Prominent economists have called for bold reforms to stimulate the economy – including cutting personal and corporate tax rates and broadening the base of the GST.
Conservative Party leader Cory Bernardi has pledged to support the Coalition’s complete tax reform package but has urged treasurer Josh Frydenberg to go further.
The Australian reports, amid warnings from Reserve Bank governor Philip Lowe that infrastructure spending and structural policy changes could be embraced to reduce unemployment, the Treasurer argued the Coalition was already taking action to boost productivity and would begin infrastructure projects where possible.
National accounts released yesterday revealed the economy grew 0.4 per cent in the March quarter and 1.8 per cent from a year earlier, with growth at its slowest annual pace in almost a decade.
The government has a $100 billion infrastructure package it plans to roll out over 10 years, or $42.8 billion over the forward estimates, but Mr Frydenberg indicated any acceleration of major projects might be difficult.
Deloitte Access Economics partner Chris Richardson said Australia should be courageous and look beyond monetary policy to fuel economic growth.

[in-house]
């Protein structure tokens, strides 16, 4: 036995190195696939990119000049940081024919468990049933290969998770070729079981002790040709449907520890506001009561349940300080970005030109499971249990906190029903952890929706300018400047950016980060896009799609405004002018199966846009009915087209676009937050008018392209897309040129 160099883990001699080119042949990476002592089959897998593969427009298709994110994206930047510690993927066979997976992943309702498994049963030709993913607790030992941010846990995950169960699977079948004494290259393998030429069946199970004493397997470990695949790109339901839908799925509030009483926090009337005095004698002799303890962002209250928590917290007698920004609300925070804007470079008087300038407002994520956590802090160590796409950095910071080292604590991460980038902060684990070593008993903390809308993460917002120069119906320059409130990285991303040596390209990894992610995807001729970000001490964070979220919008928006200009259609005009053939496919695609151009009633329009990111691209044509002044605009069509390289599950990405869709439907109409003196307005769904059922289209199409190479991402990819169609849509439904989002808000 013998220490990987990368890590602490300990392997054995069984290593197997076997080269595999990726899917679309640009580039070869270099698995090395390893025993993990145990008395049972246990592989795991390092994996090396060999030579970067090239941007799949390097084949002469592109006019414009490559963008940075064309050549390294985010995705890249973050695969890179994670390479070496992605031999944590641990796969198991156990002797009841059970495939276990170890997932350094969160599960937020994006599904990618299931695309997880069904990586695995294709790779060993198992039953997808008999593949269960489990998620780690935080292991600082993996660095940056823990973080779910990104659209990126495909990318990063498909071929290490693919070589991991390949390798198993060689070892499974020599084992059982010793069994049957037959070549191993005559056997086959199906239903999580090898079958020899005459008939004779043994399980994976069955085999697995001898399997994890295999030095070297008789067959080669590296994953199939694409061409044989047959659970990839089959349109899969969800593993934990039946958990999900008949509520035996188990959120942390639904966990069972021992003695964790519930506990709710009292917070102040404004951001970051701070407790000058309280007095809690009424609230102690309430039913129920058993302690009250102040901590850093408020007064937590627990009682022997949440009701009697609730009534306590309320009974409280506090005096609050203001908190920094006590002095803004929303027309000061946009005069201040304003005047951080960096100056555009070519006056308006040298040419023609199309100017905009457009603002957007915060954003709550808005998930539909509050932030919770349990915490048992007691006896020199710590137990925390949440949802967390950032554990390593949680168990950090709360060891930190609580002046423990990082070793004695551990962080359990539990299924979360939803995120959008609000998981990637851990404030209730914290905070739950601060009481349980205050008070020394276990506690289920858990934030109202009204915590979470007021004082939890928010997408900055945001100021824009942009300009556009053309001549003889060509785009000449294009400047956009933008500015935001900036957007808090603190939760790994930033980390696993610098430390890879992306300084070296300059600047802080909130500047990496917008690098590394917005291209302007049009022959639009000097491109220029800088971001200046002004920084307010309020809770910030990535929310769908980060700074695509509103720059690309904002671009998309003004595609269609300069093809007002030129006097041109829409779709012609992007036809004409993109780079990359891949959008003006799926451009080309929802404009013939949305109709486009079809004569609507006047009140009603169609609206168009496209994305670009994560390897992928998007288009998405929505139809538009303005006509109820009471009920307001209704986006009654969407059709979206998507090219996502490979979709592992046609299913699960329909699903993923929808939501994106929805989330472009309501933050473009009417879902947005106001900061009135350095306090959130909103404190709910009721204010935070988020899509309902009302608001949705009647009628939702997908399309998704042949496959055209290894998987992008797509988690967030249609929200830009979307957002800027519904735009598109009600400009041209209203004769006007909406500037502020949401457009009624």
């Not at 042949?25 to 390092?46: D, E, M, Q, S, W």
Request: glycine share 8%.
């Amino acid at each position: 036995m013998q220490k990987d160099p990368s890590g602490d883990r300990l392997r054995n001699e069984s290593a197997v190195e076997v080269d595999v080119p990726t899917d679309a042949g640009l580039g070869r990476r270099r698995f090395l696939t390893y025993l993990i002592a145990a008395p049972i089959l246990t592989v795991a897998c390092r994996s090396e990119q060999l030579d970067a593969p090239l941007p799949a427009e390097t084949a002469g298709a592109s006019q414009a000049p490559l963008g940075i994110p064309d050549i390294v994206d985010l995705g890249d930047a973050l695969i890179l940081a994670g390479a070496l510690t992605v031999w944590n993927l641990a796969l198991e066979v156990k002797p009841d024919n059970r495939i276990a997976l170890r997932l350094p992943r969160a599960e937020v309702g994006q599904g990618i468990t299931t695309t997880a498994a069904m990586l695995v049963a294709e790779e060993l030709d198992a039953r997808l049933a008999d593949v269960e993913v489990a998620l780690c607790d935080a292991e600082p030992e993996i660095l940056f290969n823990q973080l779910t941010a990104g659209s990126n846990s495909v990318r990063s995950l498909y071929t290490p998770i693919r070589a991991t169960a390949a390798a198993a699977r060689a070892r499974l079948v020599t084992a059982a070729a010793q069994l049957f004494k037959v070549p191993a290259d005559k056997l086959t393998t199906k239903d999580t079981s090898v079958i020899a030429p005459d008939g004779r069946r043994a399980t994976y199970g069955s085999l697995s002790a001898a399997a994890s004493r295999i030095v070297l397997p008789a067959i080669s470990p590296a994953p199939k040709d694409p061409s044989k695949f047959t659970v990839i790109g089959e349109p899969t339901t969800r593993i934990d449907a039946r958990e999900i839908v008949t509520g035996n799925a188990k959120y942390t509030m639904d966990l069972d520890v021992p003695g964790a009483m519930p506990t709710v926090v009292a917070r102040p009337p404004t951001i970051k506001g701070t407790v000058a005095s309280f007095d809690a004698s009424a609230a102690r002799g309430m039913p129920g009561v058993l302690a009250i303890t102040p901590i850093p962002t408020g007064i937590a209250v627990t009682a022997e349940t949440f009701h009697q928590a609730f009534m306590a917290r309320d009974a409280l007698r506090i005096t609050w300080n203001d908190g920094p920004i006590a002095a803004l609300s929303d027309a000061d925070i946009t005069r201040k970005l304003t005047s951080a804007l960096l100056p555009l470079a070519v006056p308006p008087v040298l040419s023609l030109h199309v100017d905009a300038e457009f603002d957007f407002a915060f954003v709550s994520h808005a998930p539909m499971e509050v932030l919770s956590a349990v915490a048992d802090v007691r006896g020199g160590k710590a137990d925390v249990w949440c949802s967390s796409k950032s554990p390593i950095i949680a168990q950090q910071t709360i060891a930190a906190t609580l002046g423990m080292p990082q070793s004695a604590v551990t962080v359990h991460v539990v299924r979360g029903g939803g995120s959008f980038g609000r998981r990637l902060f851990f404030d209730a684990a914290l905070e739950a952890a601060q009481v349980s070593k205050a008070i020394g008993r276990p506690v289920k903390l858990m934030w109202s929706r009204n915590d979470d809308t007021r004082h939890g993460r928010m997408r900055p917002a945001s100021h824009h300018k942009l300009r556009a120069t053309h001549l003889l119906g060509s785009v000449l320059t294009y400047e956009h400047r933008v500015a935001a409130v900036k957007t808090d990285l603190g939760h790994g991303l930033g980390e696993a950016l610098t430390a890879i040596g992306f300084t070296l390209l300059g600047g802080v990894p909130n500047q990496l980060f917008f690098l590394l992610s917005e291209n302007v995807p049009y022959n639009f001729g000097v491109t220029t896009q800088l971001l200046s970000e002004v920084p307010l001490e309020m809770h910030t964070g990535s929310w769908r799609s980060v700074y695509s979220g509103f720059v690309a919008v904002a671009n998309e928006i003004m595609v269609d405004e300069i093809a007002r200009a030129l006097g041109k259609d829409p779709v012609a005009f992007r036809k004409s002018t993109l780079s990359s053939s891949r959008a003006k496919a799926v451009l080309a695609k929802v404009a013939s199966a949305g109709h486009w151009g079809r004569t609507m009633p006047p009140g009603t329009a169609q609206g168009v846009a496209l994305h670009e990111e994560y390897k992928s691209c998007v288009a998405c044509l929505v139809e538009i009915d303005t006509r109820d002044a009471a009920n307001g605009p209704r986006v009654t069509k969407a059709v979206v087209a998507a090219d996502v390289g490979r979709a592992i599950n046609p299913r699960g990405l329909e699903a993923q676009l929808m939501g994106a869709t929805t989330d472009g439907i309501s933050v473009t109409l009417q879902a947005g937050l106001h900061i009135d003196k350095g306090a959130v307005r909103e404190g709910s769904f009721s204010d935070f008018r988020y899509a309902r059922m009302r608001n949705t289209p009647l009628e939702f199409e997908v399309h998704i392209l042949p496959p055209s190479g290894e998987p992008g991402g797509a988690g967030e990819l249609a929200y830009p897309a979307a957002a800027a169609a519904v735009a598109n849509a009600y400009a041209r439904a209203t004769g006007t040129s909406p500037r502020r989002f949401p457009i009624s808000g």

“Some of the infrastructure spending is good. More broadly though, if you’re thinking around infrastructure and structural policy, sure we need to build more … we could also do it better,” he said.
“We could have electricity pricing, not just the adoption of a mechanism like the National Energy Guarantee, but also intraday pricing. Introduce smart meters in electricity; at times of peak demand we charge people more.
“Smart people are saying Australia can and should do a bunch of things better. The difficulty is the politicians say ‘we’d like to but the punters don’t want us to’.
“Until we can break that logjam, there’s a certain amount of banging heads against brick walls going on.”
HSBC’s Paul Bloxham said there was a hefty pipeline of infrastructure under way, but there was scope for more projects, especially as the government could borrow at an annual rate of 1.5 per cent for a decade. He said cutting the corporate tax rate, lowering personal incomes tax rates and potentially broadening the base of the GST and lifting its rate should be on the agenda, despite being politically challenging.
“(We need) economic reform that sharpens the incentive for firms to do more hiring and investment and encourages households to participate more in the labour market. These are the things that would be helpful to support growth,” Mr Bloxham said.
“The Reserve Bank of Australia is taking action to support growth by lowering interest rates (to a record low of 1.25 per cent) but we are nearing the lower nominal bound for the RBA’s cash rate. They’re running out of room. Other arms of policy ought to come into play.”
Senator Bernardi told Ali Clarke and David Bevan on ABC Radio Adelaide, he would back even deeper cuts to taxes than the Treasurer is proposing.